A second story that broke last week was an interview between Fox News host Bill O’Reilly and HBO Political Commentator Bill Maher on Fox’s “The O’Reilly Factor.” Though the interview covered a number of points, I was particularly interested in these two commentators discussion of religion. O’Reilly is a professed Christian and Maher is a professed atheist. O’Reilly is a defender of “traditional Christian values” and Maher makes movies spoofing religion like “Religulous.” Both men are quite articulate, and their conversation was very interesting. You can see their dialogue below via the wonders of YouTube:
As I watched this interview I was struck by the fact that Maher better articulated a Christian understanding of Scripture than O’Reilly did. While I do not agree with Maher’s conclusion, I do think he has done his homework. Christians do believe that the Bible is God’s Word and that it is truthful when it describes supernatural events (like Noah’s Ark) literally happening in the world. O’Reilly’s rejection of these events (even a rejection of the entire Old Testament) is a better illustration of modern day deistic syncretism than it is a demonstration of true Christian orthodoxy. Now I do not expect Mr. O’Reilly to be a theologian, but I am troubled by the fact that many American Christians who watched the program may actually think that O’Reilly “won” the debate and represented their understanding of Christianity. While I agree with O’Reilly’s ultimate conclusions and reject Maher’s attacks, I think that many components of both of their arguments are dangerous threats to true Christian theology.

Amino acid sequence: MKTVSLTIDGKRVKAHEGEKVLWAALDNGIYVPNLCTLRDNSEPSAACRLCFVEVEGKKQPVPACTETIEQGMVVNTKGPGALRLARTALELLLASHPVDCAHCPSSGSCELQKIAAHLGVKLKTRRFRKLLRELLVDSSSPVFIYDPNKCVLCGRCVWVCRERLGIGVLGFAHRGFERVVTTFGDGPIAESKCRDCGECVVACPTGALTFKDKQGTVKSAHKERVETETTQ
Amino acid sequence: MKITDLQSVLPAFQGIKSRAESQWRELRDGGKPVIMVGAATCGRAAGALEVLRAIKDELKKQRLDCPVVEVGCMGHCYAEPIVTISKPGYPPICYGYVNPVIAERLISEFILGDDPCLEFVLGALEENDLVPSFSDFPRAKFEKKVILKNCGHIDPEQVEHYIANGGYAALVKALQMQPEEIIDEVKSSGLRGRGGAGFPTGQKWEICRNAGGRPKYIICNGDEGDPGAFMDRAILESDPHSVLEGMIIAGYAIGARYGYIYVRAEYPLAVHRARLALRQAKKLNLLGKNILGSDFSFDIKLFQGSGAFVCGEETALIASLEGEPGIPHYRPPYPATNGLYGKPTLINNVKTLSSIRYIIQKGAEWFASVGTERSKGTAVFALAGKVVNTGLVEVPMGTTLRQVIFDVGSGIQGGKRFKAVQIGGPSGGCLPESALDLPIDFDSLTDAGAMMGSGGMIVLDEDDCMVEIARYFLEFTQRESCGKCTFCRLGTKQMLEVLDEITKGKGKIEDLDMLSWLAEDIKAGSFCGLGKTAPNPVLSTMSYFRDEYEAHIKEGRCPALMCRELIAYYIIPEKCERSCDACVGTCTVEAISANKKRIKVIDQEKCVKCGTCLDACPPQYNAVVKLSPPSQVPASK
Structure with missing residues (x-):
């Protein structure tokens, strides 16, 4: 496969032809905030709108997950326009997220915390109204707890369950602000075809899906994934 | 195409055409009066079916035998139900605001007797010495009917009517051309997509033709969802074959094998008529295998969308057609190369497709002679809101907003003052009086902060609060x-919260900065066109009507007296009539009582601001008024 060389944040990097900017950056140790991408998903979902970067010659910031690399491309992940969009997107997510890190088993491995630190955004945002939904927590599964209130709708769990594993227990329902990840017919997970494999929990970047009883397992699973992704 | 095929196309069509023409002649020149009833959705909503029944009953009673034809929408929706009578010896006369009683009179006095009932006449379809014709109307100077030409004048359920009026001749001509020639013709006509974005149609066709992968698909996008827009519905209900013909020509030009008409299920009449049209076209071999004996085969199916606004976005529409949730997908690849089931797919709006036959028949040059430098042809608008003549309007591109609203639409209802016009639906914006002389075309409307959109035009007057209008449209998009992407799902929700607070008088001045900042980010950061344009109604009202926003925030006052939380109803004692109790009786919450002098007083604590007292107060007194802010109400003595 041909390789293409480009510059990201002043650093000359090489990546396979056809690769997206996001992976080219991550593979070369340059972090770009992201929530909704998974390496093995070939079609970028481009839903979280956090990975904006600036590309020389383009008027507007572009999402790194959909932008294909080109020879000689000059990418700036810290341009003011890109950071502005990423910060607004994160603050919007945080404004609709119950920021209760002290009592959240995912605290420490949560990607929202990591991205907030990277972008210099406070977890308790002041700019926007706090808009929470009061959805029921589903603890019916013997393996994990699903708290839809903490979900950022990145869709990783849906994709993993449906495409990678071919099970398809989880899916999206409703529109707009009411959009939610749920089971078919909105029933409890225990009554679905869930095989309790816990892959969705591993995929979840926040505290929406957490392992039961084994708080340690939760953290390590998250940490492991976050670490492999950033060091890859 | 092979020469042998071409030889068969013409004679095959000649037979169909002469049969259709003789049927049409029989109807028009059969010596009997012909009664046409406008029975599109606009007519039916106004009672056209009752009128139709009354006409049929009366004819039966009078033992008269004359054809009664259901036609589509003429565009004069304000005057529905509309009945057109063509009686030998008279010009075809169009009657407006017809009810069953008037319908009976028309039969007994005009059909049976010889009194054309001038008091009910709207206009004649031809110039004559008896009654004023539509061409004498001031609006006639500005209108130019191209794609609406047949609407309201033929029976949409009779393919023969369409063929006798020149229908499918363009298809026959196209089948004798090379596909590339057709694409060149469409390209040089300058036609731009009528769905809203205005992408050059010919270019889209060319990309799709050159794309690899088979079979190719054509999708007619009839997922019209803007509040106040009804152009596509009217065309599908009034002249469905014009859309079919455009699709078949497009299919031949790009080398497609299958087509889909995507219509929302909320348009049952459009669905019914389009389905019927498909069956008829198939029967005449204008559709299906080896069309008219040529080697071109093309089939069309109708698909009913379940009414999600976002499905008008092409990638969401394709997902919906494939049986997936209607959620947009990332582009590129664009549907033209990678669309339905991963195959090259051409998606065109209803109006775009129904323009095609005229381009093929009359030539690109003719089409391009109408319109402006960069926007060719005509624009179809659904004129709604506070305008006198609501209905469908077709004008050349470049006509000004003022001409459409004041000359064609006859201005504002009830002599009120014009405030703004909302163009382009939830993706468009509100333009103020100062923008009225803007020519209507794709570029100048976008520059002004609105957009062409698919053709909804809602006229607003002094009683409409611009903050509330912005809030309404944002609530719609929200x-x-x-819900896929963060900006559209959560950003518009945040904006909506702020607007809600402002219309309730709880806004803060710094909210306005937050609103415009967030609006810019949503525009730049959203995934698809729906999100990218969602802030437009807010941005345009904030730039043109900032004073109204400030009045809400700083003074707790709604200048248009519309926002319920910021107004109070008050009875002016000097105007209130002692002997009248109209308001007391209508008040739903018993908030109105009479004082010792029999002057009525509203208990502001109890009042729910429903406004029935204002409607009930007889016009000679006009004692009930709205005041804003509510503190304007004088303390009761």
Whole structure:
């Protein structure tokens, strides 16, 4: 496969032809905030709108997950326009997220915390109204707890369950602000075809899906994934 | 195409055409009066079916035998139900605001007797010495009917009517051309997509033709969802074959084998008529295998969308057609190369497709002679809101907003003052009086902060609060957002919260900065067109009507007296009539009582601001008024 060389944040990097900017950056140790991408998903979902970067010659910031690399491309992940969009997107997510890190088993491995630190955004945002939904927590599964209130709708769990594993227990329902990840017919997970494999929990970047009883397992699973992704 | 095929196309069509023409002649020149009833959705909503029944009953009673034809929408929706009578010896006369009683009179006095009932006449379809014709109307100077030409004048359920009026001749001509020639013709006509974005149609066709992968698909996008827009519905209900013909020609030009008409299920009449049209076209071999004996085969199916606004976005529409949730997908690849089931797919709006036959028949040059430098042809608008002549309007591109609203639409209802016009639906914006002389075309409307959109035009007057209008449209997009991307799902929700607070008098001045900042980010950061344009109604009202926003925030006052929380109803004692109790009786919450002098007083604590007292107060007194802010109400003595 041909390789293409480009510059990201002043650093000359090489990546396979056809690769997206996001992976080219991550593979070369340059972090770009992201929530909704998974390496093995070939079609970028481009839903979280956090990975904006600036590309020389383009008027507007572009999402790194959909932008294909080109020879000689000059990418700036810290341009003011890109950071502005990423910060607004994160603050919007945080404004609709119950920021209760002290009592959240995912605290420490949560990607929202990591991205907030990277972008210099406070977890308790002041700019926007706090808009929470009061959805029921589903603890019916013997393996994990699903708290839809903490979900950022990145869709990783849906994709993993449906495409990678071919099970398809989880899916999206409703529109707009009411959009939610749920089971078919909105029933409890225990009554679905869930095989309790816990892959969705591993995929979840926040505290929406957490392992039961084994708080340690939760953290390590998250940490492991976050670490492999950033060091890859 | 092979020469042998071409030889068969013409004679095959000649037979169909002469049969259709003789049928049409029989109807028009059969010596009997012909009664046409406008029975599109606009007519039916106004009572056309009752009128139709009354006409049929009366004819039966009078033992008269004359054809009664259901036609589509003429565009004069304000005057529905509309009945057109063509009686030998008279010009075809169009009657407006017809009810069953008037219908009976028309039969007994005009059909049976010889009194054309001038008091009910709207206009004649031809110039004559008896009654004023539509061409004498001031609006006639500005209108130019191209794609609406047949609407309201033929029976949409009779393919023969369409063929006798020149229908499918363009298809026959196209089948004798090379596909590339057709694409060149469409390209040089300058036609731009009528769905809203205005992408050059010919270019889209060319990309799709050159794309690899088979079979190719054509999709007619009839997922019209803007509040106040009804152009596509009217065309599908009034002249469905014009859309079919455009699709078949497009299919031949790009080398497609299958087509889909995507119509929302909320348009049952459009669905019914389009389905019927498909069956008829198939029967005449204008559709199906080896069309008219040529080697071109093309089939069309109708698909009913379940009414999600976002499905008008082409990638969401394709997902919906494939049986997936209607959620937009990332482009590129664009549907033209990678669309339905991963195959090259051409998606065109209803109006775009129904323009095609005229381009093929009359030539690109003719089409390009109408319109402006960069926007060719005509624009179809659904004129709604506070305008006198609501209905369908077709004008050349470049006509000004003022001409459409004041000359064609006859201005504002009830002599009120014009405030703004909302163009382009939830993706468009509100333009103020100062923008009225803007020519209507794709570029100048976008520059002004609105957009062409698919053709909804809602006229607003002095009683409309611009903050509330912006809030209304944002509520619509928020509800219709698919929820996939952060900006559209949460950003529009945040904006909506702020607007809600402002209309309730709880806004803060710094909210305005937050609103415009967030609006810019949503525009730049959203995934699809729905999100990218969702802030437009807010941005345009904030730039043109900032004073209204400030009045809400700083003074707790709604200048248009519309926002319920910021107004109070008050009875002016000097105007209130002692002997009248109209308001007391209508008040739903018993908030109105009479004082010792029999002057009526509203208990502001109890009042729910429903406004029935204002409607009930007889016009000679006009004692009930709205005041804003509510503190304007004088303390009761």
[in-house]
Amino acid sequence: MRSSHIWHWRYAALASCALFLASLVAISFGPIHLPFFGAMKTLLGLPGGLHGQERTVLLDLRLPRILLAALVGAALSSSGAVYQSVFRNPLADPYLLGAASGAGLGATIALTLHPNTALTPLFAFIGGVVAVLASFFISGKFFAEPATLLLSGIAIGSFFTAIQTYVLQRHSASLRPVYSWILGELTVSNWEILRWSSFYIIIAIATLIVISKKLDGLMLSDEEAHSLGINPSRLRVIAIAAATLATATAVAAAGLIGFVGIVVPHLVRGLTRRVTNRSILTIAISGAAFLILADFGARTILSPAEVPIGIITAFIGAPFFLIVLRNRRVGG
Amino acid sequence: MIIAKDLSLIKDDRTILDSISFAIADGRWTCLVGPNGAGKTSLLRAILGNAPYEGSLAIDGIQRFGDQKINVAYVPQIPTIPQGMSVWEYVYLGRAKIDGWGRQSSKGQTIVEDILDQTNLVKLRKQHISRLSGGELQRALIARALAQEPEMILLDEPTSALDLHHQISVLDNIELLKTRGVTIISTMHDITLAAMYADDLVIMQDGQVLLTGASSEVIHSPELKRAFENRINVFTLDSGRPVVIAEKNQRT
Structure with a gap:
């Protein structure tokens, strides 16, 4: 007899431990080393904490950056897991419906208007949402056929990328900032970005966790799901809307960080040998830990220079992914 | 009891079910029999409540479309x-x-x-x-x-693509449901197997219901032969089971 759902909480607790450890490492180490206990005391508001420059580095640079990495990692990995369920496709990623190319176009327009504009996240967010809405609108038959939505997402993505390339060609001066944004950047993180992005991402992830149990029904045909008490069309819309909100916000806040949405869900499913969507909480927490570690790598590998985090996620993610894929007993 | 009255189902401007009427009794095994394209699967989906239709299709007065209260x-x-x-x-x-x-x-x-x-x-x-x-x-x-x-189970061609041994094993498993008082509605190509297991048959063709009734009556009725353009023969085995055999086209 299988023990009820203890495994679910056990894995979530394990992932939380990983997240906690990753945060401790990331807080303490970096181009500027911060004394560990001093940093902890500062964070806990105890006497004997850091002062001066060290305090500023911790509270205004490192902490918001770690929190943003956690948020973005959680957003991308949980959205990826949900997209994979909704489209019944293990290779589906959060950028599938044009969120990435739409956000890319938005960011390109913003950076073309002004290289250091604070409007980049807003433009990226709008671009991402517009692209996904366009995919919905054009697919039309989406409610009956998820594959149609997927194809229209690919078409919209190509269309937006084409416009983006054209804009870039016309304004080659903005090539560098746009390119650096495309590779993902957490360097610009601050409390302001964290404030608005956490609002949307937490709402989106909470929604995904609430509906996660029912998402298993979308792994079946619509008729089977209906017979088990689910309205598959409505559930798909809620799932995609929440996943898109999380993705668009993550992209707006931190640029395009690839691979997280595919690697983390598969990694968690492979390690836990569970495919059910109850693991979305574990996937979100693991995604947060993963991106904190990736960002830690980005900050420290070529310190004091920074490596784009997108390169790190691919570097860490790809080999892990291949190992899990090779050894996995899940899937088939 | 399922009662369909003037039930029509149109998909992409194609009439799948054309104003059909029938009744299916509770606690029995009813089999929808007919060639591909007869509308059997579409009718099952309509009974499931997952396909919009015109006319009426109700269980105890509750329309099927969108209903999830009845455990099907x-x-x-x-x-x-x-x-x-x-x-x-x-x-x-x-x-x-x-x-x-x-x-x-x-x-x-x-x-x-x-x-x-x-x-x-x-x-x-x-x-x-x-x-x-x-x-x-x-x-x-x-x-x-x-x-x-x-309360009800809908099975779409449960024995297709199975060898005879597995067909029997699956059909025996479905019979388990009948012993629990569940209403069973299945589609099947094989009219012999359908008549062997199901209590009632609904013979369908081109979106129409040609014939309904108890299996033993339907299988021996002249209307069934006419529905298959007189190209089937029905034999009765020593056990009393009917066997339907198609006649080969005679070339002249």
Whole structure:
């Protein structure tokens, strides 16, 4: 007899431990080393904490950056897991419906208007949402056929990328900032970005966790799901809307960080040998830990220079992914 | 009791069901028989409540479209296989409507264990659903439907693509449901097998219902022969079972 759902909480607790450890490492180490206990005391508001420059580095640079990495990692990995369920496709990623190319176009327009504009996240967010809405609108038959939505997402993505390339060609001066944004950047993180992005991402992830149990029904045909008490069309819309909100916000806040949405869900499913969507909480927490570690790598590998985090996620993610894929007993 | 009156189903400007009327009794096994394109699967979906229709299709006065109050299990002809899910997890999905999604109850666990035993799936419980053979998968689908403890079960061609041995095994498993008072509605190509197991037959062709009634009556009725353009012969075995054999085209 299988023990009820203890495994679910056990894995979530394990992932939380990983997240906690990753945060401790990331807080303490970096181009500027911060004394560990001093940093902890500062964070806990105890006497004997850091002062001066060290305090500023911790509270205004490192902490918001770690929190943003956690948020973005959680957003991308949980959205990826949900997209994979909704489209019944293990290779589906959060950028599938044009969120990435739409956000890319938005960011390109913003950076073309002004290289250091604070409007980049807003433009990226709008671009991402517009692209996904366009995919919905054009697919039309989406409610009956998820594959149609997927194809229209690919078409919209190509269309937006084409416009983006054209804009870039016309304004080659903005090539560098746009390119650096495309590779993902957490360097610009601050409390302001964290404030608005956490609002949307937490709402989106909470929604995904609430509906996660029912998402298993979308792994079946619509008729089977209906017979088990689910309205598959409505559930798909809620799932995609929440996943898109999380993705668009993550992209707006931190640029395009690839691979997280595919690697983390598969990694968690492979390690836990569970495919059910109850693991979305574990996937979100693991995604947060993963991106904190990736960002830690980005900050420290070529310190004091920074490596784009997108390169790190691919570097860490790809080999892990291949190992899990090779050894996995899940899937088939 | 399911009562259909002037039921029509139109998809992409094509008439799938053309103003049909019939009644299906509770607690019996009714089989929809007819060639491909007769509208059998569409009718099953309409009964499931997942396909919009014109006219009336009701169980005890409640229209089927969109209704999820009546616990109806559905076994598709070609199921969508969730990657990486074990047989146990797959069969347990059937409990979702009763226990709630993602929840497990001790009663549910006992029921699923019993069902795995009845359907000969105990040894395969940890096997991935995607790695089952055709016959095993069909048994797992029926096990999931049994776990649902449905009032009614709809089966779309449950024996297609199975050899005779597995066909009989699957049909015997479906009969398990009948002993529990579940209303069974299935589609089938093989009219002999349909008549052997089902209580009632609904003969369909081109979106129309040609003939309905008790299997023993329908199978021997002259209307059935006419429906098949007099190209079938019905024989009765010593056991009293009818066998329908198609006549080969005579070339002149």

For too long, too many Christians have looked to people on the political right as spokespeople and somewhat “prophetic” voices. While there may be many political issues that Christians and certain political commentators might agree on, we must never allow these political movements to define our theology or our faith. As Christians, we need to know what we believe and filter the perspectives and policies of talking heads against Biblical truth.